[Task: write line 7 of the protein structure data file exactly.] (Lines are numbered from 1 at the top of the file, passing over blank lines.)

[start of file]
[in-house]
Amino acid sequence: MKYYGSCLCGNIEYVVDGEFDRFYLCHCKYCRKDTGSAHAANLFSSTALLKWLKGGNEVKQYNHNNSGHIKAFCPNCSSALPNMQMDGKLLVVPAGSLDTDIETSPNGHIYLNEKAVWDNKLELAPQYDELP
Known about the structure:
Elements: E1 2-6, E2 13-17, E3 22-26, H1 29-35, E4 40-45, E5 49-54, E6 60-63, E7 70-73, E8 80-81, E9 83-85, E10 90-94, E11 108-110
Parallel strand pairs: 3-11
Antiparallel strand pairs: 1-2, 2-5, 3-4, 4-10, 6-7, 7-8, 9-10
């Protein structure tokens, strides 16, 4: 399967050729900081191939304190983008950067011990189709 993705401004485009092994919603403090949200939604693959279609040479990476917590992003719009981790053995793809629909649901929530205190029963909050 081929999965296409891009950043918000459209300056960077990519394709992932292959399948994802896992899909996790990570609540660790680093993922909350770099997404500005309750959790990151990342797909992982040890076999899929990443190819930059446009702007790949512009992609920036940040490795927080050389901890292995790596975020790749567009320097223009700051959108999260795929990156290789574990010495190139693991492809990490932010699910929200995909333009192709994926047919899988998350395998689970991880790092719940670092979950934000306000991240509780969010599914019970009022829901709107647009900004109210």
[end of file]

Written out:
């Protein structure tokens, strides 16, 4: 399967050729900081191939304190983008950067011990189709 993705401004485009092994919603403090949200939604693959279609040479990476917590992003719009981790053995793809629909649901929530205190029963909050 081929999965296409891009950043918000459209300056960077990519394709992932292959399948994802896992899909996790990570609540660790680093993922909350770099997404500005309750959790990151990342797909992982040890076999899929990443190819930059446009702007790949512009992609920036940040490795927080050389901890292995790596975020790749567009320097223009700051959108999260795929990156290789574990010495190139693991492809990490932010699910929200995909333009192709994926047919899988998350395998689970991880790092719940670092979950934000306000991240509780969010599914019970009022829901709107647009900004109210």